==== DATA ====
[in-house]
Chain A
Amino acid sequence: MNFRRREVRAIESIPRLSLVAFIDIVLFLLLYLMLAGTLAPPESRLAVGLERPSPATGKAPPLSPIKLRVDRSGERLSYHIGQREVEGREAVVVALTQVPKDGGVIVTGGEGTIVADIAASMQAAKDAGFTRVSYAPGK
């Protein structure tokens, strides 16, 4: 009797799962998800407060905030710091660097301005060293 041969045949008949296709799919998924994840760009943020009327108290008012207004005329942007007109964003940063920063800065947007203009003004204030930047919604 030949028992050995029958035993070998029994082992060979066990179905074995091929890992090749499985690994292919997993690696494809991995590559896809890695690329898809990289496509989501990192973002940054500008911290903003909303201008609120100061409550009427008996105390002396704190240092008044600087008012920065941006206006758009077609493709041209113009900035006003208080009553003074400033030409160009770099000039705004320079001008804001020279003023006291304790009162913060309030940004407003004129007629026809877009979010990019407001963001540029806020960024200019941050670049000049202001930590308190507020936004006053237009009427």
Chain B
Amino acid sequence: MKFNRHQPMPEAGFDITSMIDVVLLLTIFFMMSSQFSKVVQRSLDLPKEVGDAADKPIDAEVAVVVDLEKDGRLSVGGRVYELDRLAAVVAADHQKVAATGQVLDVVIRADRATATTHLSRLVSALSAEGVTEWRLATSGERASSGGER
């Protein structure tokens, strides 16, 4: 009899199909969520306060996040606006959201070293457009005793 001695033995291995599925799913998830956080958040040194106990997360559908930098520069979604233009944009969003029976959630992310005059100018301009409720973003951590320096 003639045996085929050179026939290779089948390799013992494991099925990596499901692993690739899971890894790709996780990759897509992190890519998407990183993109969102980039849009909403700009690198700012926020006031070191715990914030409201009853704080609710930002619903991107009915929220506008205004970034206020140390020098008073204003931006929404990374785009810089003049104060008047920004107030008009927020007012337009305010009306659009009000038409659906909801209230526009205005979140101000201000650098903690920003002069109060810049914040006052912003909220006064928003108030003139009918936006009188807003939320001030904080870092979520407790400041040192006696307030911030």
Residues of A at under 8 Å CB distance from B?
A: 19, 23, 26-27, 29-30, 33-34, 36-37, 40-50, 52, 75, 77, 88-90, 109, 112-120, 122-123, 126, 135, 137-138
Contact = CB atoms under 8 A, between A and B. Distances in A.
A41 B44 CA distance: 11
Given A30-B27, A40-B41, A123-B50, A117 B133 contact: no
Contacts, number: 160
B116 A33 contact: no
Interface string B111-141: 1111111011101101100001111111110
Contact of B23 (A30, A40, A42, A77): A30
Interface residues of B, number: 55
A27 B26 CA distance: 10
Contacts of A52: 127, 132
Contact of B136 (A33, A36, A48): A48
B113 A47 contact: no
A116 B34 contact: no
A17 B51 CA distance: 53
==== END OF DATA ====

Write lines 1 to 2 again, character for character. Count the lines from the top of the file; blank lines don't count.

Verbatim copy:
[in-house]
Chain A